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Alcock & Brown

“their flight across the


By Rowan Pritchard
Who Were Alcock & Brown
● John Alcock was born in
1892, Old Trafford, ● Arthur Whitten Brown
England. was born in Glasgow in
● in 1913/14. He became a 1886.
military pilot durring ● Arthur was an engineer.
World War I.
● when visiting Vickers
● Alcock was the pilot for engineering firm he was
the Atlantic flight. asked to be the
● Alcock was killed on navigator for the
December 18, 1919 transatlantic flight with
whilst flying the new John Alcock.
Vickers Viking to the
Paris airshow.
The Beginning
● In April 1913 (renewed in
1918), the London Daliy
Mail offered £10,000 to:
● the aviator who shall first
cross the Atlantic in an
aeroplane in flight from any
point in the United States
of America, Canada or
Newfoundland to any point
in Great Britan or Ireland in
72 continuous hours.
● Alcock and Brown took
of from St. John's,
Newfoundland in 1919.
The Plane
● Alcock and Brown flew a modified
Vickers Vimy with two Rolls-Royce
Eagle Engines each at 360 HP.
● The plane had an open cockpit

meaning that the plane often filled

up with snow.
The Flight
● They took of from Lester's field, Newfoundland
at 1:45pm, June 14, 1919.
● They crashed when poor visibility ment they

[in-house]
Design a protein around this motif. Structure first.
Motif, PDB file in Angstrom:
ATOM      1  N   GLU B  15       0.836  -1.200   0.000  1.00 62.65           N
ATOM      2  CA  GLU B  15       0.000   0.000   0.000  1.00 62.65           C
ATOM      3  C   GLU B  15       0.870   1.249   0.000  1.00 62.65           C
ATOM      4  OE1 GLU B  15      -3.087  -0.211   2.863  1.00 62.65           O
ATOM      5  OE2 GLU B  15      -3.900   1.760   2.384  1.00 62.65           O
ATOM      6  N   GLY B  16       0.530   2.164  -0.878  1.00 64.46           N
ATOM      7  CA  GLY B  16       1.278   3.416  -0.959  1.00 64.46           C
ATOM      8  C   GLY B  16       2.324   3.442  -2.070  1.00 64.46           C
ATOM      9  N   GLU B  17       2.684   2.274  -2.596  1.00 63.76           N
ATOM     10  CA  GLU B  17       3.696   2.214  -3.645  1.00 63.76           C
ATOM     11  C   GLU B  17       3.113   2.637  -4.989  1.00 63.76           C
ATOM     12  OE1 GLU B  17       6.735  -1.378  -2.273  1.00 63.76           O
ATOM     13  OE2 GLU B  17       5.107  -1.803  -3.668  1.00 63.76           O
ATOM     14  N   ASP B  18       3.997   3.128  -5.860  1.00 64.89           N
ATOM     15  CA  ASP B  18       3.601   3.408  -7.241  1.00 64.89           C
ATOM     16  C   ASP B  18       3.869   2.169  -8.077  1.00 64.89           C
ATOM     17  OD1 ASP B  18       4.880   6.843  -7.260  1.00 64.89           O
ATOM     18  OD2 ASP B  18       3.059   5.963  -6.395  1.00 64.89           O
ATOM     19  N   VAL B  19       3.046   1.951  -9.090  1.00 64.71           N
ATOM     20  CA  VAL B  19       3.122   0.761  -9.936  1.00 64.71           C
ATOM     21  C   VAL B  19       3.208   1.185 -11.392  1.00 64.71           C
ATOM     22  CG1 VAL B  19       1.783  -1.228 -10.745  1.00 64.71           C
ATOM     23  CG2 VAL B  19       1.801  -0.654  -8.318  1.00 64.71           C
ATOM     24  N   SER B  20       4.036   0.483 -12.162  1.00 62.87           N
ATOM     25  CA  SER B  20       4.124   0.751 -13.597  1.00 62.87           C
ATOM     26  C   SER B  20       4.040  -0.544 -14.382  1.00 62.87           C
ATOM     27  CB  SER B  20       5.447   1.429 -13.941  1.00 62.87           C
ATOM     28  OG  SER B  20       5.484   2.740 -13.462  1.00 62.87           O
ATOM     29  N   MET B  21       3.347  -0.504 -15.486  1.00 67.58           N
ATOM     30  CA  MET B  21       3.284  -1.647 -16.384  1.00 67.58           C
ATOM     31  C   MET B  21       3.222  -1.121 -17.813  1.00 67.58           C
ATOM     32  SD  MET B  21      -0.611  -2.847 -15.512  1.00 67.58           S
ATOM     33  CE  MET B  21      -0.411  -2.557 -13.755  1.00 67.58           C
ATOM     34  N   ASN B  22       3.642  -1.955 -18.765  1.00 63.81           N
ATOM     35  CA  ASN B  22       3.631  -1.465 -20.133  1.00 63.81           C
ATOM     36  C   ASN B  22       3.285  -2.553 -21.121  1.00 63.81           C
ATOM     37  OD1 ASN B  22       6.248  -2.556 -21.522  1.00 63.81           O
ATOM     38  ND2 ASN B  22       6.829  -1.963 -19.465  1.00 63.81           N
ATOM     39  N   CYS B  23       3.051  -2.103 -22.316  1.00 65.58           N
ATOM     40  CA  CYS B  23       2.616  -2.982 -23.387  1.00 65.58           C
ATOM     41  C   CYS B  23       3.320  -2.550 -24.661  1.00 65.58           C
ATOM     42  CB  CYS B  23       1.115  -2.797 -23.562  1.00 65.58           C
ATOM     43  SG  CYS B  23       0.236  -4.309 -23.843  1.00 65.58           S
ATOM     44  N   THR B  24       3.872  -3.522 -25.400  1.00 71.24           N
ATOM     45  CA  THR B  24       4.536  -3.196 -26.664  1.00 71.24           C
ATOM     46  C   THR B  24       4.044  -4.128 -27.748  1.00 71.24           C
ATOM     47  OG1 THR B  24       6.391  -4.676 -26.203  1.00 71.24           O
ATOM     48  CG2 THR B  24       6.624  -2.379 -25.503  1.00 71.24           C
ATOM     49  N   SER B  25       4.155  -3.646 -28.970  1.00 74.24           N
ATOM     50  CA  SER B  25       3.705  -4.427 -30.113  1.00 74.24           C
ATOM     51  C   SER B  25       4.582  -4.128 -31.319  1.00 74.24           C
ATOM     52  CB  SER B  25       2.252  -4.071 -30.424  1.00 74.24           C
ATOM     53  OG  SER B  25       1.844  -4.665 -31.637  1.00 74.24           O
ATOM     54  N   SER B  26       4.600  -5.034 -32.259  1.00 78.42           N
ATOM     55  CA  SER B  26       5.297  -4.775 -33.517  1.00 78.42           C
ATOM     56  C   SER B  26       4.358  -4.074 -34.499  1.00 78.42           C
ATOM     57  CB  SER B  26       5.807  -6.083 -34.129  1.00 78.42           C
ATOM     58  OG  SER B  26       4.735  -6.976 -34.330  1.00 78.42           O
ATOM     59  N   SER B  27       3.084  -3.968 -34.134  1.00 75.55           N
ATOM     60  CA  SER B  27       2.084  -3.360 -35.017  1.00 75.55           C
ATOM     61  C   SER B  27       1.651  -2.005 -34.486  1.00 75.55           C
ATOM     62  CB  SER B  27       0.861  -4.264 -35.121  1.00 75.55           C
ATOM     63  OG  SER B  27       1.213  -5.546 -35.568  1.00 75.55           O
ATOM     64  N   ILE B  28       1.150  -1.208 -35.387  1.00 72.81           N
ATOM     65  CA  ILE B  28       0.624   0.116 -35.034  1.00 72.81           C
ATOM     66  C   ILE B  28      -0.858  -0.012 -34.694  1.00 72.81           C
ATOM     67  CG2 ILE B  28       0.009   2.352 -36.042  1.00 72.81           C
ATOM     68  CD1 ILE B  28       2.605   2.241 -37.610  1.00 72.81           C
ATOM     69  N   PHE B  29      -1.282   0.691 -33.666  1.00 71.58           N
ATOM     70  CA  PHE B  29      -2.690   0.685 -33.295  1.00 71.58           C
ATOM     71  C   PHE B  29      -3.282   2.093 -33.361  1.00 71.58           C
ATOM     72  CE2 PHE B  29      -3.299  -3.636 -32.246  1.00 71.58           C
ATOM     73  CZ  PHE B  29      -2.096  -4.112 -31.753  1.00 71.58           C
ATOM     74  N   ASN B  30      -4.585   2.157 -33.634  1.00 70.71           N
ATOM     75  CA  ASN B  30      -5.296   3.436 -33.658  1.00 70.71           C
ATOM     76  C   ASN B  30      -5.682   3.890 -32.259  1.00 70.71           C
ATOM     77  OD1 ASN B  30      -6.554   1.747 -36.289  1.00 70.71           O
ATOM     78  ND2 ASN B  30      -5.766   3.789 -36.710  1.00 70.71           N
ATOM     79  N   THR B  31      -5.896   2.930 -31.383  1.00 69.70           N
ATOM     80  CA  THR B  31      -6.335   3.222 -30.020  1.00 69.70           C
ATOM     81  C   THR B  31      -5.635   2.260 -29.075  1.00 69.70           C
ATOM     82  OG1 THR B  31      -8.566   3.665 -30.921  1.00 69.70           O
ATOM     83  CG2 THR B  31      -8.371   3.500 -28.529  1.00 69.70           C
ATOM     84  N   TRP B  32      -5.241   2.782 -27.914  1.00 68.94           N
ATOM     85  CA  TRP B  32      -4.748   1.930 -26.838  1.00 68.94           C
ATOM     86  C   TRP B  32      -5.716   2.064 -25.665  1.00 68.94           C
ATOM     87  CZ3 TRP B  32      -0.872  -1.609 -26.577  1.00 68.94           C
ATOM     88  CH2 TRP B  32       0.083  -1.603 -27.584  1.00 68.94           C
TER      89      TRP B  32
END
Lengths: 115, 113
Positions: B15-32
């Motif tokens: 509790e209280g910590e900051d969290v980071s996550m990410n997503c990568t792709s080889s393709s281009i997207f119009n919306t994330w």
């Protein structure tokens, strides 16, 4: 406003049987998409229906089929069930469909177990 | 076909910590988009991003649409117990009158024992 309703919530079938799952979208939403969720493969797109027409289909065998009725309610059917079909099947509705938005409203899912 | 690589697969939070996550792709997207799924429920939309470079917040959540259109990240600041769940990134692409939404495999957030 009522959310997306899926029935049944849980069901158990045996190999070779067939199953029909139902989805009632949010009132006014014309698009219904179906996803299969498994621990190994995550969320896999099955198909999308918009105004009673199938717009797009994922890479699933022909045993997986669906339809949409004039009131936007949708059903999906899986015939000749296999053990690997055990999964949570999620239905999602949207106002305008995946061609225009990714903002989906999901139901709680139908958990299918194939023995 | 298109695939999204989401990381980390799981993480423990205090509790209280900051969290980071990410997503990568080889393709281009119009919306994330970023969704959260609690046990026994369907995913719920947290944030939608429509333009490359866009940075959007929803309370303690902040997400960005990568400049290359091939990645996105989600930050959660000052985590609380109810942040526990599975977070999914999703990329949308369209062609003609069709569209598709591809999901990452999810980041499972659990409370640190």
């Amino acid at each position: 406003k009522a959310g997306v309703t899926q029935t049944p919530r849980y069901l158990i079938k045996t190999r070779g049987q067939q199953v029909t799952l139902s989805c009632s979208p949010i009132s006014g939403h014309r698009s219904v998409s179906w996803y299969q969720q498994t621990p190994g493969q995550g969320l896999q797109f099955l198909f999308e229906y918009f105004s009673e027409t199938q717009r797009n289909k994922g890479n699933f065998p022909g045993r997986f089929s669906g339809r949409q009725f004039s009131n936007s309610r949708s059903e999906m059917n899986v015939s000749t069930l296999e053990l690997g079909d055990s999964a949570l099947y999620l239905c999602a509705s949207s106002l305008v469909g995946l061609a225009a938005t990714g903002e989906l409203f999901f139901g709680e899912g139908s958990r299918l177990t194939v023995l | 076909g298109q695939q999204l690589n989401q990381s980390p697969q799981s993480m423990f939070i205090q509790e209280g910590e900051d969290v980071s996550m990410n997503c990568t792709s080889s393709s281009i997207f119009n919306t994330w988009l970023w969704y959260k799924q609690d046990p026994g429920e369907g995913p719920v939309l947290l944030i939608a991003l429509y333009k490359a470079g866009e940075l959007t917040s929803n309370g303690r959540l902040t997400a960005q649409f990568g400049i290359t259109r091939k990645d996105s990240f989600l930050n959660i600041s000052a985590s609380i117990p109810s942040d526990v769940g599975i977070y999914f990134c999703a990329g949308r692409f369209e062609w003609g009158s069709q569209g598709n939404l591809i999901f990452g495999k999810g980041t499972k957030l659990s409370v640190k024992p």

misidentified a bog as a suitable grass field to
land their aircraft.
● They had spent around fourteen-and-a-half
hours over the North Atlantic crossing the coast
at 4.28pm, having flown 1890 miles (3040 km)
in 15 hours 57 minutes at an average speed of
115 mph.
Upon Arrival

● Alcock and Brown were treated as heroes after the flight.

● In addition to the Daily Mail award of £10,000, the crew
received 2,000 guineas from the Ardath Tobacco Company
and £1,000 from Lawrence R. Phillips for being the first
British people to fly the Atlantic Ocean.
● Both men were knighted a few days later by King George V.
Fun Facts About The Men

● Alcock and Brown were

both held as prisoners of
war in WW1.
● They were both knighted
after there flight.
● They did recive 10,000
pounds fro the daliy mail
for being the frist people to
fly across the Atlantic.
● The trip nearly ended in disaster many times
owing to engine trouble, fog, snow and ice.
Brown's climbing out on the wings to remove
ice from the engine and Alcock's excellent
piloting despite extremely poor visibility at
times were the only things keeping it all
● The bog they crashed into was on a more
called Derrygimlagh Moor.
● There exact landing point was:
53°26′N 10°01′W
Fun Facts
they carried 865 gallons (3,900 L) of fuel. About The
The End